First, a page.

Through the story of an ordinary man unwittingly drawn into a senseless murder on an Algerian beach, Camus explored what he termed "the nakedness of man faced with the absurd."
Albert Camus' literary works aren't just something you can get onto directly. It requires a certain revision of the background and history of his times which led the author to write the absolutely stunning pieces he's written. I had initially read the original French edition of The Stranger, L'Etranger, for my Literature class, where what you understand of a book and what you make of your understating of it is what matter the most. I liked to consider myself well-versed with the novel and I read the English edition, The Stranger, translated by Stuart Gilbert, purely out of curiosity. This is the US edition and I must admit that I am pretty curious to read the UK edition, The Outsider, as well. What the reading of the former did was that it helped me develop a deeper understanding and establish a certain realisation than the one I thought I previously had.
The Stranger is written from the protagonist, Meursault's point of view. Information that we take for granted and consider as basic, like the first name, job, career/ profession, an at a glance brief about the physical appearance of the main character, is not revealed at all throughout the length of the novel. There's a certain magical appeal to Camus' writing that leaves all these details for the reader's imagination. Not just that, even the entire narration is very open-ended. It's up to the reader to make what she/ he wants of it. The author's ability to make a character unlike any other and yet make him establish a relation with the reader and make the reader relate to him in more ways than one is truly admirable. Meursault, while not exactly an "ideal" person, was still the most genuine and real person I've read about. He shows his true emotions and feelings and doesn't even try to pretend to be someone he's not and that's a feat. As a result of his rather unusual and unconventional actions, he becomes a stranger to the society or he is rendered a stranger to society- it depends on how you look at it. It all, like everything, depends on perspective.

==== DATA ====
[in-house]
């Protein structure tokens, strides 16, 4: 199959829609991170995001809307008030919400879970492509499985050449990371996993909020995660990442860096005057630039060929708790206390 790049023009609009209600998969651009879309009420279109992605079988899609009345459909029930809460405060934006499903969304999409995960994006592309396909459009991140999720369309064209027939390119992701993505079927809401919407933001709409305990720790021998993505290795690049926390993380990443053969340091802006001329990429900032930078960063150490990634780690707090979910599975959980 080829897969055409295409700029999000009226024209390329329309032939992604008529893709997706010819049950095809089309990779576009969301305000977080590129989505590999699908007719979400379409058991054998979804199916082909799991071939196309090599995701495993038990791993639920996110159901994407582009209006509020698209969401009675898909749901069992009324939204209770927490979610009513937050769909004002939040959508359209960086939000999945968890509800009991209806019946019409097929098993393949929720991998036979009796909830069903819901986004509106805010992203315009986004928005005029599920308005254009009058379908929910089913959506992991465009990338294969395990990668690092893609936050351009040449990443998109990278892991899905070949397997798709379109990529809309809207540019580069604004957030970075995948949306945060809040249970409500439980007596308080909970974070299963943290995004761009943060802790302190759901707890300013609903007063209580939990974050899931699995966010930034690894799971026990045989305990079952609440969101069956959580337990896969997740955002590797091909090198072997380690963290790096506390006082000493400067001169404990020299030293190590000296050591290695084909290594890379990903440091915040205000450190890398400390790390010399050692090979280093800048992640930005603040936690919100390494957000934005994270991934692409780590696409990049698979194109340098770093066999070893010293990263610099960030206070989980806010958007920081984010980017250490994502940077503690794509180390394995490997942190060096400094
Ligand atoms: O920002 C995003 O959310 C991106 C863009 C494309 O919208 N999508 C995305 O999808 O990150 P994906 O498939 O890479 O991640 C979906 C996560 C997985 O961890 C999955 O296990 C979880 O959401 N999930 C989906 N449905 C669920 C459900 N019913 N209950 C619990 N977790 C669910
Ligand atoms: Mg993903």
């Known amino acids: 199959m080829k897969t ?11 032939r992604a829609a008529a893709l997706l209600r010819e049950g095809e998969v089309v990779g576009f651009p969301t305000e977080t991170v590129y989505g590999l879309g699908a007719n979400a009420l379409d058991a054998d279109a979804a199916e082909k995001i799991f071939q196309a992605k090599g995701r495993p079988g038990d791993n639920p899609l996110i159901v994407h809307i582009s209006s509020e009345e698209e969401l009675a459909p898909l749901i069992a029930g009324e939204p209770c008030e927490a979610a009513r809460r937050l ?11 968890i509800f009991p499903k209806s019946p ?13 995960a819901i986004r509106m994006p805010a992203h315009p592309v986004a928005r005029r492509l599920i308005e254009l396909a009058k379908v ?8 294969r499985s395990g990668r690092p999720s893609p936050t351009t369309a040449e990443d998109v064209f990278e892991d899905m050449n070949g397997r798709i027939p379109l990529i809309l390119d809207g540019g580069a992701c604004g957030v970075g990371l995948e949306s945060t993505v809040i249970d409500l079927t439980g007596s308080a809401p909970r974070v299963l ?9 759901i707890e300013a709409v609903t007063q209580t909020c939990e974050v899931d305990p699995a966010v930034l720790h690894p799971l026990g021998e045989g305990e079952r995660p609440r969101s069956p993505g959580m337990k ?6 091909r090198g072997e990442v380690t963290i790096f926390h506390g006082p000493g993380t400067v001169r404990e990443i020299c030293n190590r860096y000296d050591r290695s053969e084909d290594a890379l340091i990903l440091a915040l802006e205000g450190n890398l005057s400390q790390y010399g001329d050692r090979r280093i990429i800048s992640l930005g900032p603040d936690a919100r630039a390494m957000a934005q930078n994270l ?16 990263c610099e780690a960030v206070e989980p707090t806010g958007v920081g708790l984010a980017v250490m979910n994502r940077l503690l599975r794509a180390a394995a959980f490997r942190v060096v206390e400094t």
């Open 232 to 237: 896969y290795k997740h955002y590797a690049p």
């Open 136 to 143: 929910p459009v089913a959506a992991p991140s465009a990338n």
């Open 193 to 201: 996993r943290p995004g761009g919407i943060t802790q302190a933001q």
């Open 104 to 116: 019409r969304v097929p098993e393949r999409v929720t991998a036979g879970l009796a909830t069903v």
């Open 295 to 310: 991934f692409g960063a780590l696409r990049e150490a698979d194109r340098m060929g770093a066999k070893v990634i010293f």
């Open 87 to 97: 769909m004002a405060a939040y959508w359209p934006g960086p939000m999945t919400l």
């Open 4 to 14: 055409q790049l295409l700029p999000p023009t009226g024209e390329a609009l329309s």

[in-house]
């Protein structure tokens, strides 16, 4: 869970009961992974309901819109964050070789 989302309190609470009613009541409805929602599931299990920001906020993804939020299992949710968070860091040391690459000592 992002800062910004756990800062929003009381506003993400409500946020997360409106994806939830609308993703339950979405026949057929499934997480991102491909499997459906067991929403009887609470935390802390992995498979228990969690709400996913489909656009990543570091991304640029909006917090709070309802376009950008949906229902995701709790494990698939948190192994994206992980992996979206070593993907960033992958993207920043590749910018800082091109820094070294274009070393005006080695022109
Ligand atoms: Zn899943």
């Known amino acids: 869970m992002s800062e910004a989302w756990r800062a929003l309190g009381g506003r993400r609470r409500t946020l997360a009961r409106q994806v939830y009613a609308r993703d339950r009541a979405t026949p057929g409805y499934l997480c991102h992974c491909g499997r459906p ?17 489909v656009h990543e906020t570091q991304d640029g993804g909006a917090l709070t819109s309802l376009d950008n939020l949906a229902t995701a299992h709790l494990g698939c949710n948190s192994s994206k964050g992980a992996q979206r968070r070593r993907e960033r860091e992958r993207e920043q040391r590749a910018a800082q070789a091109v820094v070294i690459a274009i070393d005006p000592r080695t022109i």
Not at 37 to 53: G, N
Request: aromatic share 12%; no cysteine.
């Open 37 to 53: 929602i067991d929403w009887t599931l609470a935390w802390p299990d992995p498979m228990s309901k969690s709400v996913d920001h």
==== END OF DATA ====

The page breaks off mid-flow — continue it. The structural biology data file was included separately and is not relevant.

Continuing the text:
While the English edition piqued my interest, was put down meticulously, made me see things in the novel that I hadn't before and made me come across many aspects that went unnoticed before, I would, any day, prefer to reread the original. Although, emotionally speaking, the English edition had a greater impact on me since I could easily read and understand it at the same time. Camus' writing is really simple to follow but difficult to understand because the core lies in what is not said rather than what is said. The Stranger is a real eye-opener to all that which is very well present around but not so easily given thought to. It's the epitome of that saying which goes something like- it's insane what you see when you aren't really looking. It's some deep philosophy that has me contemplating. While I haven't read many of Camus' works, I know for a fact that I'm going to learn a lot from them and The Stranger is a one of its kind intriguing, fascinating and mysterious novel that has had an impact on me.